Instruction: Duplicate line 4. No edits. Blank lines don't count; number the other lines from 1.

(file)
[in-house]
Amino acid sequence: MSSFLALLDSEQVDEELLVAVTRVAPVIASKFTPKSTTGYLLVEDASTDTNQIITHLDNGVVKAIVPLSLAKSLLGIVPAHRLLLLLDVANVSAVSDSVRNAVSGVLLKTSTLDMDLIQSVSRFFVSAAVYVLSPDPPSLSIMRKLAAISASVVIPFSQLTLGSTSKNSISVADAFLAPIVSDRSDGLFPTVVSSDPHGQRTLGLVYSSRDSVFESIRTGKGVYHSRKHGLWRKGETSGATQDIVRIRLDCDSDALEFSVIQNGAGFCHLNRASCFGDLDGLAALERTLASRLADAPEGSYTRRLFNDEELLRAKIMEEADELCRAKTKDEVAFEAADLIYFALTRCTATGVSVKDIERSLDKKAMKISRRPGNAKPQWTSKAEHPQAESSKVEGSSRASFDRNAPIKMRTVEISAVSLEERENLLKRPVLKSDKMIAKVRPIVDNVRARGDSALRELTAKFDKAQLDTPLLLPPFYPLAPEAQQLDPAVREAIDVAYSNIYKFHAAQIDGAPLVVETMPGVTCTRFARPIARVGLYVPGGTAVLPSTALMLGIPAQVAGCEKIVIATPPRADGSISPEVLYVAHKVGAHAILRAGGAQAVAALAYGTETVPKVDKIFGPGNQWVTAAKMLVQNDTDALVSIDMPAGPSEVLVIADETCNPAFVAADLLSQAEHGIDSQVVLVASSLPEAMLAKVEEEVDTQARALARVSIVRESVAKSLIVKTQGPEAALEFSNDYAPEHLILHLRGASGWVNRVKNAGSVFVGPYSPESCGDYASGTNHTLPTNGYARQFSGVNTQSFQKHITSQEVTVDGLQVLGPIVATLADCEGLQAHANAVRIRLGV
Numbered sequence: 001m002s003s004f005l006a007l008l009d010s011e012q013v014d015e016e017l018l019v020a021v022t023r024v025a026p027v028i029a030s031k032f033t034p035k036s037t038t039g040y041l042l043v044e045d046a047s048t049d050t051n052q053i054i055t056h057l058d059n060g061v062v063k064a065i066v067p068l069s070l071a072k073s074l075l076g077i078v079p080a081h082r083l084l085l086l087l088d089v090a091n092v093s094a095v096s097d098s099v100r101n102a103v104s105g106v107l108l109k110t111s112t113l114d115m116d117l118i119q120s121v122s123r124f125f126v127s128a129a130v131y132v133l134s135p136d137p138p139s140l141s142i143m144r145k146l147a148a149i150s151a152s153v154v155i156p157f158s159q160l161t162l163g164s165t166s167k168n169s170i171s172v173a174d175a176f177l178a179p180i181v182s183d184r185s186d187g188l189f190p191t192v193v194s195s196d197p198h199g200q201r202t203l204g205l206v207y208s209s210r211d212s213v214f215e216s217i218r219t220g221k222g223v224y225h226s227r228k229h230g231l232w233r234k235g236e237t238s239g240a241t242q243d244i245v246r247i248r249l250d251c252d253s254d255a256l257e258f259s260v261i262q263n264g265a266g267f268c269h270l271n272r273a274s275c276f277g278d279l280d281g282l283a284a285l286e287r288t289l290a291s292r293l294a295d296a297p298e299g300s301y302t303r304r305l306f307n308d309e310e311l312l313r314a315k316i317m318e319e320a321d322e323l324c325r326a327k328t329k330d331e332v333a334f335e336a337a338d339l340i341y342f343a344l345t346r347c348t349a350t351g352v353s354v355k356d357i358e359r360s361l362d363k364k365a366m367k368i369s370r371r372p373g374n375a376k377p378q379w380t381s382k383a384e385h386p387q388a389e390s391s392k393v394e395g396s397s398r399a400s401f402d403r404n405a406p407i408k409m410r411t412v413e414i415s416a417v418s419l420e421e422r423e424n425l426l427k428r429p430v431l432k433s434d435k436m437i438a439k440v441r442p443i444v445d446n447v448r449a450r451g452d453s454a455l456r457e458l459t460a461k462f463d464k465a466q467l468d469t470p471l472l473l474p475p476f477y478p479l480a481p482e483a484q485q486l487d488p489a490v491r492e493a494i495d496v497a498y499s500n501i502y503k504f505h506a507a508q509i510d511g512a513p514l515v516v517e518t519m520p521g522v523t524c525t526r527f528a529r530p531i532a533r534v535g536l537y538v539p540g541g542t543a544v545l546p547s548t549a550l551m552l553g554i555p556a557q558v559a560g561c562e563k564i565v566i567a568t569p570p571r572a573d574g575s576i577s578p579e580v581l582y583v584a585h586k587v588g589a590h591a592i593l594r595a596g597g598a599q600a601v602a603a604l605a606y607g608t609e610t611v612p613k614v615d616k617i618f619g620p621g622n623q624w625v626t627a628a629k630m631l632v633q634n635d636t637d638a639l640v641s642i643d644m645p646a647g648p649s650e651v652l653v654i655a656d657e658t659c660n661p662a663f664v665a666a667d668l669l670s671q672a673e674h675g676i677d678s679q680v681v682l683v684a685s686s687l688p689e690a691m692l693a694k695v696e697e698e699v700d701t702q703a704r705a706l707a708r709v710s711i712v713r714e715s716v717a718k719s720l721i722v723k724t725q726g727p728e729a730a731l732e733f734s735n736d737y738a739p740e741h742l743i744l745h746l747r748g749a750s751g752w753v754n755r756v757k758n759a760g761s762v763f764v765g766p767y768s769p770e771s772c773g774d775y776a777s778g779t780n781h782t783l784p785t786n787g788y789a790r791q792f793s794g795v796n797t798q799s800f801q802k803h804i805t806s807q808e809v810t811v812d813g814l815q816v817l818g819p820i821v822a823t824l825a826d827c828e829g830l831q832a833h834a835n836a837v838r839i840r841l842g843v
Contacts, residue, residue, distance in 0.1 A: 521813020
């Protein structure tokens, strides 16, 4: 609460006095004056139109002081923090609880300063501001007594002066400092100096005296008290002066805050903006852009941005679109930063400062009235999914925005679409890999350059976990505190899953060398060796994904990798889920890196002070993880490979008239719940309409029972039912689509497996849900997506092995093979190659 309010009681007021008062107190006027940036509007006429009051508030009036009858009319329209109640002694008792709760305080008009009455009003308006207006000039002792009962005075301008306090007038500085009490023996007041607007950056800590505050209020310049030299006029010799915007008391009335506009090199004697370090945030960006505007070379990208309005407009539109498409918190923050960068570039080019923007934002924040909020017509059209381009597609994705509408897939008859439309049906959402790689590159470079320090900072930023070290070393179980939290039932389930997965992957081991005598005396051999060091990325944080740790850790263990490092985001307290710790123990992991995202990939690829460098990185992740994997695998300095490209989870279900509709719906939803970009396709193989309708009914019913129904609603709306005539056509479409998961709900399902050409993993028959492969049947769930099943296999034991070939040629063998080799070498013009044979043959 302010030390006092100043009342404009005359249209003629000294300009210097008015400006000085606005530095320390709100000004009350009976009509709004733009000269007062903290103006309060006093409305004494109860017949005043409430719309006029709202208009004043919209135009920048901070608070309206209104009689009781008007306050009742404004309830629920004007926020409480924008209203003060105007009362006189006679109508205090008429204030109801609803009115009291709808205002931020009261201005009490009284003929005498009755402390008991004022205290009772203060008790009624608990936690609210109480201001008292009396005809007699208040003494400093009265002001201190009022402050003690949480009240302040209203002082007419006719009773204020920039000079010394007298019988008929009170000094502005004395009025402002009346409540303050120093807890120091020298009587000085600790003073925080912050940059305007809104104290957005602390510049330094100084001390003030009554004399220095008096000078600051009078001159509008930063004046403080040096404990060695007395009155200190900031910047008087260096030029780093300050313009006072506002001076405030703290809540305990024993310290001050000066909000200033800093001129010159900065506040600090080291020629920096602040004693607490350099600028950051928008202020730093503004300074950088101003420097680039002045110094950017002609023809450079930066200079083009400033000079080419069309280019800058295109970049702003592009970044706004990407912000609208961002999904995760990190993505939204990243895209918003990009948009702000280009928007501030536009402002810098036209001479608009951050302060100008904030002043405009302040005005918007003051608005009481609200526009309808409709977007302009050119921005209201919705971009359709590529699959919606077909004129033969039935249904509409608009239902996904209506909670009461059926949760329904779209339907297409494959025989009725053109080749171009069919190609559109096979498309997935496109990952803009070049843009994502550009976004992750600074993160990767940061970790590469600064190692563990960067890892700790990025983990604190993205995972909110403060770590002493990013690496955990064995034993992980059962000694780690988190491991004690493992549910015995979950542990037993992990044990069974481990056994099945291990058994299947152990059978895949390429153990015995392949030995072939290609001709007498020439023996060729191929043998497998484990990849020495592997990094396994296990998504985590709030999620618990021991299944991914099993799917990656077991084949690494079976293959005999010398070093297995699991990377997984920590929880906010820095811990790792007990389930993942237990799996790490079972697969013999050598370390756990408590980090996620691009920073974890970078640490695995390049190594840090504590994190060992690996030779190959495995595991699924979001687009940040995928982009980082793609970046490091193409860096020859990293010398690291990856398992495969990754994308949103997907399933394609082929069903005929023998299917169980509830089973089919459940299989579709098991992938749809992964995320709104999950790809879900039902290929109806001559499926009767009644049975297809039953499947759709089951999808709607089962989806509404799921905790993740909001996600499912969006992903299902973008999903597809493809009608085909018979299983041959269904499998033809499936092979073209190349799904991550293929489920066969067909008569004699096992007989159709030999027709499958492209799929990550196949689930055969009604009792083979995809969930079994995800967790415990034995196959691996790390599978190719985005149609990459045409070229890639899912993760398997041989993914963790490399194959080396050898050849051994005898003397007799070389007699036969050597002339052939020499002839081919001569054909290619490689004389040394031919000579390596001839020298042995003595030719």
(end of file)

Contacts, residue, residue, distance in 0.1 A: 521813020